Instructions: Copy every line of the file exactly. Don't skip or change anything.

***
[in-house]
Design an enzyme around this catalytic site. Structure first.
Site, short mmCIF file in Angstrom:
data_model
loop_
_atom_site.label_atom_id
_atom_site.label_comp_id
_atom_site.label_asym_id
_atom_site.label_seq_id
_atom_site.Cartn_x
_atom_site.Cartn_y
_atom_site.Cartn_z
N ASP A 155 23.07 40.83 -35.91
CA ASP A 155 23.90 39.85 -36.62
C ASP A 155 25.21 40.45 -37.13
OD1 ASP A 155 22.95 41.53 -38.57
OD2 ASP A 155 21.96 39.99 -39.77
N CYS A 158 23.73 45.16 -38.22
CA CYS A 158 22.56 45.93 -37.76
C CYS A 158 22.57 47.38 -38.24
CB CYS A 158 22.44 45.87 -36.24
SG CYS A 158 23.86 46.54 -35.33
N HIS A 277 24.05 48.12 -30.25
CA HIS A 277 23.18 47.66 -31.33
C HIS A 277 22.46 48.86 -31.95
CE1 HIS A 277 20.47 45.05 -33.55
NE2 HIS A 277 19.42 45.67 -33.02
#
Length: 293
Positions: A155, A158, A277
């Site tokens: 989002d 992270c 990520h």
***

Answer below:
[in-house]
Design an enzyme around this catalytic site. Structure first.
Site, short mmCIF file in Angstrom:
data_model
loop_
_atom_site.label_atom_id
_atom_site.label_comp_id
_atom_site.label_asym_id
_atom_site.label_seq_id
_atom_site.Cartn_x
_atom_site.Cartn_y
_atom_site.Cartn_z
N ASP A 155 23.07 40.83 -35.91
CA ASP A 155 23.90 39.85 -36.62
C ASP A 155 25.21 40.45 -37.13
OD1 ASP A 155 22.95 41.53 -38.57
OD2 ASP A 155 21.96 39.99 -39.77
N CYS A 158 23.73 45.16 -38.22
CA CYS A 158 22.56 45.93 -37.76
C CYS A 158 22.57 47.38 -38.24
CB CYS A 158 22.44 45.87 -36.24
SG CYS A 158 23.86 46.54 -35.33
N HIS A 277 24.05 48.12 -30.25
CA HIS A 277 23.18 47.66 -31.33
C HIS A 277 22.46 48.86 -31.95
CE1 HIS A 277 20.47 45.05 -33.55
NE2 HIS A 277 19.42 45.67 -33.02
#
Length: 293
Positions: A155, A158, A277
């Site tokens: 989002d 992270c 990520h």